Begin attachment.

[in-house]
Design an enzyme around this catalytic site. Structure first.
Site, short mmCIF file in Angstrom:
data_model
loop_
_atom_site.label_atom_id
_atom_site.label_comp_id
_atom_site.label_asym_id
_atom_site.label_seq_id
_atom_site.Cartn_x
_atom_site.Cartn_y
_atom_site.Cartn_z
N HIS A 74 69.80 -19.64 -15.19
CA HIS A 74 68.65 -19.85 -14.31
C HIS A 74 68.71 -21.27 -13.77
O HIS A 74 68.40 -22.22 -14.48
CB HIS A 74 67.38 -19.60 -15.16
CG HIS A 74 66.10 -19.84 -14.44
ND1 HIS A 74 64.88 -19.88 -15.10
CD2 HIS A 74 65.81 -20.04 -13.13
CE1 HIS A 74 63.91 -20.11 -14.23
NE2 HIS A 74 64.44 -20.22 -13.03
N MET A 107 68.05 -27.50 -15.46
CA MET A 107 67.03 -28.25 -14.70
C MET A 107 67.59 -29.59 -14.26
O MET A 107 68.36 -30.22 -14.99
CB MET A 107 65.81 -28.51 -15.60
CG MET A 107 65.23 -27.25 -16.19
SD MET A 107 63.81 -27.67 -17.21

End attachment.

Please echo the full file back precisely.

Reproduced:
[in-house]
Design an enzyme around this catalytic site. Structure first.
Site, short mmCIF file in Angstrom:
data_model
loop_
_atom_site.label_atom_id
_atom_site.label_comp_id
_atom_site.label_asym_id
_atom_site.label_seq_id
_atom_site.Cartn_x
_atom_site.Cartn_y
_atom_site.Cartn_z
N HIS A 74 69.80 -19.64 -15.19
CA HIS A 74 68.65 -19.85 -14.31
C HIS A 74 68.71 -21.27 -13.77
O HIS A 74 68.40 -22.22 -14.48
CB HIS A 74 67.38 -19.60 -15.16
CG HIS A 74 66.10 -19.84 -14.44
ND1 HIS A 74 64.88 -19.88 -15.10
CD2 HIS A 74 65.81 -20.04 -13.13
CE1 HIS A 74 63.91 -20.11 -14.23
NE2 HIS A 74 64.44 -20.22 -13.03
N MET A 107 68.05 -27.50 -15.46
CA MET A 107 67.03 -28.25 -14.70
C MET A 107 67.59 -29.59 -14.26
O MET A 107 68.36 -30.22 -14.99
CB MET A 107 65.81 -28.51 -15.60
CG MET A 107 65.23 -27.25 -16.19
SD MET A 107 63.81 -27.67 -17.21